“It sounds unrealistic to me that someone from the German or any other top government would punish Serbia by telling its investors to leave.” Especially since no one would compensate them for a potential departure. From a political point of view, everything is possible, but from an economic point of view, I am convinced that the economy will come before politics here,” Savić points out.

He says that it is unlikely that a scenario would occur in which investors would leave the country in which they operate even if they have positive results. The problem could arise only if foreigners pass some administrative regulation that says that it will no longer be possible to invest in Serbia, but the professor believes that no one will do that.

The EU invested 19.8 billion euros in Serbia in 12 years

Data from the National Bank of Serbia are the only official data on foreign direct investments in Serbia, with the NBS publishing aggregated data on these investments by countries of payment and branches of activity, while official data on investments by individual companies is not available, told from Razvojna agencies of Serbia.

Due to the change in the calculation methodology of foreign direct investments, data are currently available only for the period from the beginning of 2010.

“According to the available NBS data for the period from 2010 to September 2022, inflows based on investments by residents of EU countries in the Republic of Serbia were recorded in the amount of about 19.8 billion euros, which represents about 60 percent of the total investments in the said period “.

According to RAS data, if we look at the number of projects whose implementation began in the period from 2012 to 2022, almost 60 percent are projects whose parent companies originate from EU countries.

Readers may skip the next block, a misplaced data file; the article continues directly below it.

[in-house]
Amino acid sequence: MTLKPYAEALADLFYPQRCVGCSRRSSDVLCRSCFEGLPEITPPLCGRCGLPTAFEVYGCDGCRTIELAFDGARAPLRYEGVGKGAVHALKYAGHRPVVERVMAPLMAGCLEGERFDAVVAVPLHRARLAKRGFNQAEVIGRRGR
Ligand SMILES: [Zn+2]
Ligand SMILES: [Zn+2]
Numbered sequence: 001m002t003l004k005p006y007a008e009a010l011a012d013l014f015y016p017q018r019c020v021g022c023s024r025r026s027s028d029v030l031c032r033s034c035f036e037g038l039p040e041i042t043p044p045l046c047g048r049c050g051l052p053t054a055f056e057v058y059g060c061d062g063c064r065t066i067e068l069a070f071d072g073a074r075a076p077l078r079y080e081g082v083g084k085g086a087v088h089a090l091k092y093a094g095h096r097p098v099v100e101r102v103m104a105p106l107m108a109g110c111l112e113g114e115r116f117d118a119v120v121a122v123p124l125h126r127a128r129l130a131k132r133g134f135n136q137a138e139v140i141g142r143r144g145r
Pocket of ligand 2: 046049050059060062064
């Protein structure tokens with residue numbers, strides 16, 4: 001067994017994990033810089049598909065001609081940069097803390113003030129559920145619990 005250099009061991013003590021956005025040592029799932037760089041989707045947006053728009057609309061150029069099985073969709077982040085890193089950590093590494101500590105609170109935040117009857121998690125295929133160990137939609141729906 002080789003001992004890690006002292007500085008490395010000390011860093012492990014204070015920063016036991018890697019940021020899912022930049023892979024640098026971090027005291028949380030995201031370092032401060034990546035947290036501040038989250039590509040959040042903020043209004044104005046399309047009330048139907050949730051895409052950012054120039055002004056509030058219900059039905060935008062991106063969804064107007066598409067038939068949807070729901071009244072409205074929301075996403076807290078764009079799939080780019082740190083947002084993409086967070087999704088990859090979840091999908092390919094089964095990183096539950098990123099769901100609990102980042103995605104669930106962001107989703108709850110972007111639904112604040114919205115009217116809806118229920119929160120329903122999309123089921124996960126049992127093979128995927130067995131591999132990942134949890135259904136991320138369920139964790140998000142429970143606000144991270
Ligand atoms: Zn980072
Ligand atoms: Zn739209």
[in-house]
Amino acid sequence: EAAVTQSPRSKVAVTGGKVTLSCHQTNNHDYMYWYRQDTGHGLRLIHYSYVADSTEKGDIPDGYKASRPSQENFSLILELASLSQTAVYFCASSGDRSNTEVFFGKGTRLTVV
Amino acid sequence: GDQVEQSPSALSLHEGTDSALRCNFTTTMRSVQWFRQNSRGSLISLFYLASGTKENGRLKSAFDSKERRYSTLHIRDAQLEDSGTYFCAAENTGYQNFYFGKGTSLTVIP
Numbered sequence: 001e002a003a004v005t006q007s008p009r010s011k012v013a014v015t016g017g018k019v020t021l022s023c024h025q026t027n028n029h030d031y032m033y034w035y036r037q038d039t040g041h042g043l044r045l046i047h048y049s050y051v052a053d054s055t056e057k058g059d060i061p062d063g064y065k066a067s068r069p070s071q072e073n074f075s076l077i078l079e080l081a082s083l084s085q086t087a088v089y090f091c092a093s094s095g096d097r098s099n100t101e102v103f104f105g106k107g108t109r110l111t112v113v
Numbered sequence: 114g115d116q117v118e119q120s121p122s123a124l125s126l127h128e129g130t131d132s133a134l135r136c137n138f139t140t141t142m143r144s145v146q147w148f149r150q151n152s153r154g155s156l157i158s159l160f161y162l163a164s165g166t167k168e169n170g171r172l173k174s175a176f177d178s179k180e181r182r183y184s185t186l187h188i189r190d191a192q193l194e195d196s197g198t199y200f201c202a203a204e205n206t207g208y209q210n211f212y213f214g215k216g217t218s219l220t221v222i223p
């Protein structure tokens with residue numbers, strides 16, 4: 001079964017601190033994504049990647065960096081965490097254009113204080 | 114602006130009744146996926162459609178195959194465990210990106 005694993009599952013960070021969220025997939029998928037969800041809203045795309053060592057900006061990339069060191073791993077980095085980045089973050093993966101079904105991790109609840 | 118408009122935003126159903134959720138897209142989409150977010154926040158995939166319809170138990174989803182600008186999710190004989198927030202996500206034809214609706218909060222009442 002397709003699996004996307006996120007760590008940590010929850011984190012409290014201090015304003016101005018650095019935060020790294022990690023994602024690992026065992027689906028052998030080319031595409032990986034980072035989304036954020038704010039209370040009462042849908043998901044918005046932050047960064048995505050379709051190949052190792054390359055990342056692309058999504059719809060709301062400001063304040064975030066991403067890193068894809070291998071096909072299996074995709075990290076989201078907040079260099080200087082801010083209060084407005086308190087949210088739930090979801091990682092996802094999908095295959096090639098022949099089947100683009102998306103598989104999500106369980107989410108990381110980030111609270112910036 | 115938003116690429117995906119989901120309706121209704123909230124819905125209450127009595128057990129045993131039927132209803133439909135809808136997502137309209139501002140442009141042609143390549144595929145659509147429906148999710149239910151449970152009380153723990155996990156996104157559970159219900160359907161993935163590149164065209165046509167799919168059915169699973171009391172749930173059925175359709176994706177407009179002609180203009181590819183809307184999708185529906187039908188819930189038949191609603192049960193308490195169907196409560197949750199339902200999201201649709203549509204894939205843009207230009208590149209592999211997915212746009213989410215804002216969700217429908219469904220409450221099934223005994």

Most of them are from Germany, Italy, Slovenia, Austria, France.

“Looked at according to the criterion of the value of the projects for the mentioned period, investments from EU countries account for about 50 percent, mostly from Germany, France, Italy, Austria, and the Czech Republic. It is similar when we look at the criterion of the number of planned new jobs, where EU countries participate with about 45 percent, and within which Germany, Austria and France are leading. According to each of the mentioned criteria, a part of the EU countries is in the top 10, and they often occupy leading positions”, they state from RAS.

The Netherlands is first on the list of investments in Serbia

Great Britain has not been a member of the EU since the end of January 2020, so investments from this country were not included in the final total. For the period 2010-2019. investments from this country in Serbia were worth 407.6 million euros.

“A significant number of companies, both European and from other continents, register companies in the Netherlands (and Luxembourg) due to favorable tax conditions and make further investments from there. In this regard, according to the NBS, the Netherlands is at the top of the list of countries that invest the most in Serbia,” the Development Agency of Serbia points out.